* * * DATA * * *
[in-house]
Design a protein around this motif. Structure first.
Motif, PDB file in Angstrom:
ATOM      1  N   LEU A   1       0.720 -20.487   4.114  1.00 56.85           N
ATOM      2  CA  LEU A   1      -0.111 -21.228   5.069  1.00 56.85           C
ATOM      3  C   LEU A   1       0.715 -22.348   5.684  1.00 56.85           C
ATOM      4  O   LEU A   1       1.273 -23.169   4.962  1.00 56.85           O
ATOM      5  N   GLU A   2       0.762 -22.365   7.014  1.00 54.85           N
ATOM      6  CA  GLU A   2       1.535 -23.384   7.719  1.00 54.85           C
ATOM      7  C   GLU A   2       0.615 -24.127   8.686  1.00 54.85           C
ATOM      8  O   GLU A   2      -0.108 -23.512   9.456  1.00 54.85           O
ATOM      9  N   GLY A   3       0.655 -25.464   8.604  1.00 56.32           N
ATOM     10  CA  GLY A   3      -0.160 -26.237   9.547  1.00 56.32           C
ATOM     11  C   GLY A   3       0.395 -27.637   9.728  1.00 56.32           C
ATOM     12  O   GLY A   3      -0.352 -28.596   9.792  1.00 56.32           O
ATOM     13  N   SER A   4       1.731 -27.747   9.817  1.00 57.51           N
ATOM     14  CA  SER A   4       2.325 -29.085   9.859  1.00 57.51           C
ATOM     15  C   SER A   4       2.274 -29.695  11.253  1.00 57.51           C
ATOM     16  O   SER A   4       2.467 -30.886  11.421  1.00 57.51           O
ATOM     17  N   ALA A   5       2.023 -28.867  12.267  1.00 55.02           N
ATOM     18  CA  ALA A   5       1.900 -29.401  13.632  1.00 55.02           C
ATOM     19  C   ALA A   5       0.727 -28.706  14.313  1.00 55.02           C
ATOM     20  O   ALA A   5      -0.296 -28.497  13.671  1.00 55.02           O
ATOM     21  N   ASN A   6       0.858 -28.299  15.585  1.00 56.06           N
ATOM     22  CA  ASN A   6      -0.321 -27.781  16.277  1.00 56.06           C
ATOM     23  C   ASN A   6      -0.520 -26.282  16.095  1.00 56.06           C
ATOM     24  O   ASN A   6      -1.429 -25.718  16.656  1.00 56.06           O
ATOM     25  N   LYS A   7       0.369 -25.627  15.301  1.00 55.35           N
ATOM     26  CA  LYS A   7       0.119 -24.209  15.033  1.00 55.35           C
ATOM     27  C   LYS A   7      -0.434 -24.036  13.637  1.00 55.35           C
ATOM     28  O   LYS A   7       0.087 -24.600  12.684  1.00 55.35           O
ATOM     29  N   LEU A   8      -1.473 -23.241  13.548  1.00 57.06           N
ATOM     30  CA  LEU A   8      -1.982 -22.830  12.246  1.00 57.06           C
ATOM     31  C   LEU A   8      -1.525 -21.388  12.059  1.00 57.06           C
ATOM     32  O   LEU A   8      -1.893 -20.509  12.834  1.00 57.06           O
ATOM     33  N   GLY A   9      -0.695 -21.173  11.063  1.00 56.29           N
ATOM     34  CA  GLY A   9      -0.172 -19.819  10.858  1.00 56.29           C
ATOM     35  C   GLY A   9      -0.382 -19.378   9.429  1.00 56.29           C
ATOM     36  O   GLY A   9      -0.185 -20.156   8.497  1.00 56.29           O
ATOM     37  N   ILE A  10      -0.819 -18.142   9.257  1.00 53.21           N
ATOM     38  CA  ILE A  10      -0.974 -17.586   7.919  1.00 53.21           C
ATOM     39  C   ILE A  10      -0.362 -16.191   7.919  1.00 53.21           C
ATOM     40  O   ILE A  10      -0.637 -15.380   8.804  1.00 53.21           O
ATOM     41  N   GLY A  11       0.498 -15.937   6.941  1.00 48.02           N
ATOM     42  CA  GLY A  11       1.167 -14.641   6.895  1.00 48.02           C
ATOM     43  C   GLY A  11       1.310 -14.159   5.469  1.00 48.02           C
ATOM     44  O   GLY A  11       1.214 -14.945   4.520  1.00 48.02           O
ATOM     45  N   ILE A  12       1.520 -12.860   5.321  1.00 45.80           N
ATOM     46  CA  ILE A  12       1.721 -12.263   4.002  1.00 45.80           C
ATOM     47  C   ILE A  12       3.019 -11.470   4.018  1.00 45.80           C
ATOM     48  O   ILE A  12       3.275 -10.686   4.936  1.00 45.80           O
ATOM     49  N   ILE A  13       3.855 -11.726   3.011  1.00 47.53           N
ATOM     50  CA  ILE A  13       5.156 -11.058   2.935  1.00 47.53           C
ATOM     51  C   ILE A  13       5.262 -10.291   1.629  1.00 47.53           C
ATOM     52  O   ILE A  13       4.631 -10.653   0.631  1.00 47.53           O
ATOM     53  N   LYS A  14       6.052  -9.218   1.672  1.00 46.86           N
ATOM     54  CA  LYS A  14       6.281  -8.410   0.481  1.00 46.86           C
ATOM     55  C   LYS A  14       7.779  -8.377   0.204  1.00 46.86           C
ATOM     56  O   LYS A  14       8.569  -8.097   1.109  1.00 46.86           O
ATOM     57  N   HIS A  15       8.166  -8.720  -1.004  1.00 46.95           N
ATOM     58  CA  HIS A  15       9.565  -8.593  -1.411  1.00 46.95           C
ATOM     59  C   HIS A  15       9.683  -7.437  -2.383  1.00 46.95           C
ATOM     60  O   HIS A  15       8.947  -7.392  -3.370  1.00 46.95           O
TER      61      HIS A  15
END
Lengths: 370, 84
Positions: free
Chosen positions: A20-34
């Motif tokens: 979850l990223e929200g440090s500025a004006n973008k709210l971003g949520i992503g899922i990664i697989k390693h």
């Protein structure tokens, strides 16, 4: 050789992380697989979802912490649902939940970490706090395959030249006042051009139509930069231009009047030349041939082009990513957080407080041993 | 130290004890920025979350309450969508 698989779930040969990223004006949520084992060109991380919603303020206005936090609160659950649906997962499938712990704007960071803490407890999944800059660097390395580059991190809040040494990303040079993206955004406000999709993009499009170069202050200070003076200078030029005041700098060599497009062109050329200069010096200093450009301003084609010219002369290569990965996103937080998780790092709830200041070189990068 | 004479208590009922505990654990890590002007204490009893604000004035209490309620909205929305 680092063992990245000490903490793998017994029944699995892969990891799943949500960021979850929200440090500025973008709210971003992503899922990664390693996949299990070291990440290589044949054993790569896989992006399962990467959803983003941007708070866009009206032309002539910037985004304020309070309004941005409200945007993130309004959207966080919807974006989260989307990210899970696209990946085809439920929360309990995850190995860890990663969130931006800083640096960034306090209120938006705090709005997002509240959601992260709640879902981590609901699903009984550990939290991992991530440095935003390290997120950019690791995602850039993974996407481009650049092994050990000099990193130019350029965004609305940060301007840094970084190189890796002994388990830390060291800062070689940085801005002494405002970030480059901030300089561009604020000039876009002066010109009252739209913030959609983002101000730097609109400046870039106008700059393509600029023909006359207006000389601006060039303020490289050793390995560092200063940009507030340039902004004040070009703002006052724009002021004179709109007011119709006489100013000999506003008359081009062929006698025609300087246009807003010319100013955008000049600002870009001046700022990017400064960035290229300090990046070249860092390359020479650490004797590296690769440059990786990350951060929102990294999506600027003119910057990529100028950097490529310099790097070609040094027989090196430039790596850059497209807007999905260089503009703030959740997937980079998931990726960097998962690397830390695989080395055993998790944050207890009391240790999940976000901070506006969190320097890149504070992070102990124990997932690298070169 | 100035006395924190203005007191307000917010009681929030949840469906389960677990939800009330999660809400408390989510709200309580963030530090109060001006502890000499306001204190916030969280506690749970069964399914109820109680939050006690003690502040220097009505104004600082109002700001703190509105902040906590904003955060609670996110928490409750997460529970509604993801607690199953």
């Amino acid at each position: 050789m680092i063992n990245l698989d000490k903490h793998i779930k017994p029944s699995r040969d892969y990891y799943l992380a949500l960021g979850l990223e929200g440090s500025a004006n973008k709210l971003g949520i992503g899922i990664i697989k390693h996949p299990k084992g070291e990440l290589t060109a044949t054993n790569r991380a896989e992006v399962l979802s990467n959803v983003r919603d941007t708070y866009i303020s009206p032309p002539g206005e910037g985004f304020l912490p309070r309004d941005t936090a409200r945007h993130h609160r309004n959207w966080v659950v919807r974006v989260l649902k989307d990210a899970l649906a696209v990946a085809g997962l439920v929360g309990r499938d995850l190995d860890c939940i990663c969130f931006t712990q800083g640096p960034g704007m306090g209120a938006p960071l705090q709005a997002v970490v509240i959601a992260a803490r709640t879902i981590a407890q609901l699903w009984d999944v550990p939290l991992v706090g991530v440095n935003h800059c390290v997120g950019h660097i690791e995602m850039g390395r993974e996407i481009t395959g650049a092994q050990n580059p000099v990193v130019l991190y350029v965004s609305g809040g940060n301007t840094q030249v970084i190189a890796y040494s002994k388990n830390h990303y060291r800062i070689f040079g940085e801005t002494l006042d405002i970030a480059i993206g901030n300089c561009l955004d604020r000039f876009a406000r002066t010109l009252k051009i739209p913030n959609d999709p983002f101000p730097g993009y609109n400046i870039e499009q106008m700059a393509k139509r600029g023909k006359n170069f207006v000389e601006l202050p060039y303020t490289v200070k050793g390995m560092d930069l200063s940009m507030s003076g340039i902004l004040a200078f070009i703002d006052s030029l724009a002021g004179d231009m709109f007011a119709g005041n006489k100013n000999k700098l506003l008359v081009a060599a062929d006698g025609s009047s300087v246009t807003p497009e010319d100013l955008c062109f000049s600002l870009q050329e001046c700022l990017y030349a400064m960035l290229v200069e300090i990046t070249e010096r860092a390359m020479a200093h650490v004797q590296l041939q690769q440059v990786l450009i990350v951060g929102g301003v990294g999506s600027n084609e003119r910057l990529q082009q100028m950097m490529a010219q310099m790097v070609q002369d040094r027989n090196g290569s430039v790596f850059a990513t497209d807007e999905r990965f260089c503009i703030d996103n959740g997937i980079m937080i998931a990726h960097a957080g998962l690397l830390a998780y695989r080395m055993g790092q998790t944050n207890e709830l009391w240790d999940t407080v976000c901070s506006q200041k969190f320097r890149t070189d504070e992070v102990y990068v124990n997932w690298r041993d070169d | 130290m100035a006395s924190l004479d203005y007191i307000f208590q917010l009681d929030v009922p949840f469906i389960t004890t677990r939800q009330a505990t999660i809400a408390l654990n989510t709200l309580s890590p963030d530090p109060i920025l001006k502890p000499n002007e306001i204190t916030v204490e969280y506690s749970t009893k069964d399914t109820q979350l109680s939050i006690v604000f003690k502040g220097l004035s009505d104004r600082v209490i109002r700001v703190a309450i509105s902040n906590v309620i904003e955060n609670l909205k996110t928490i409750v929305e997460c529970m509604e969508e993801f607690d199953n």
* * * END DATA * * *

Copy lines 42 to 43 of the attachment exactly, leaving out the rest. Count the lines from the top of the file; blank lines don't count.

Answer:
ATOM     39  C   ILE A  10      -0.362 -16.191   7.919  1.00 53.21           C
ATOM     40  O   ILE A  10      -0.637 -15.380   8.804  1.00 53.21           O